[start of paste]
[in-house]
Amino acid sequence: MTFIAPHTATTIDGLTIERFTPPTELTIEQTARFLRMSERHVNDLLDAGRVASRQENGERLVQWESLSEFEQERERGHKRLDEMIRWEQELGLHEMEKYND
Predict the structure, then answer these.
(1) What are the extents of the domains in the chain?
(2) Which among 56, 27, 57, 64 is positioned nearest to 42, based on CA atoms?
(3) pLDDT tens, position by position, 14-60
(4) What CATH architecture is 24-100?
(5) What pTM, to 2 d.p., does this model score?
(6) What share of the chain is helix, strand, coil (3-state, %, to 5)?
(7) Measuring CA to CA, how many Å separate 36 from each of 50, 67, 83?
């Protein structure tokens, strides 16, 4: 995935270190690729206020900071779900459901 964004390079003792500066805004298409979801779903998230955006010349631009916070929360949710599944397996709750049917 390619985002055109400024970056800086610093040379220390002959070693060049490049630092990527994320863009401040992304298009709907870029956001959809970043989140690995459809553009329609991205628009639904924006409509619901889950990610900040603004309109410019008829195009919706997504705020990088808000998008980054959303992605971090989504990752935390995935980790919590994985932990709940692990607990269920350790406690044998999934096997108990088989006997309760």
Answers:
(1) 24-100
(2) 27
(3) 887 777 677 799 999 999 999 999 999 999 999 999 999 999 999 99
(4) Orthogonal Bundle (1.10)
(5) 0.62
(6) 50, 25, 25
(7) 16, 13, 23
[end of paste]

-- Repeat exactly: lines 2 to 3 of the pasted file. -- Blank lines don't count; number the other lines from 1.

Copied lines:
Amino acid sequence: MTFIAPHTATTIDGLTIERFTPPTELTIEQTARFLRMSERHVNDLLDAGRVASRQENGERLVQWESLSEFEQERERGHKRLDEMIRWEQELGLHEMEKYND
Predict the structure, then answer these.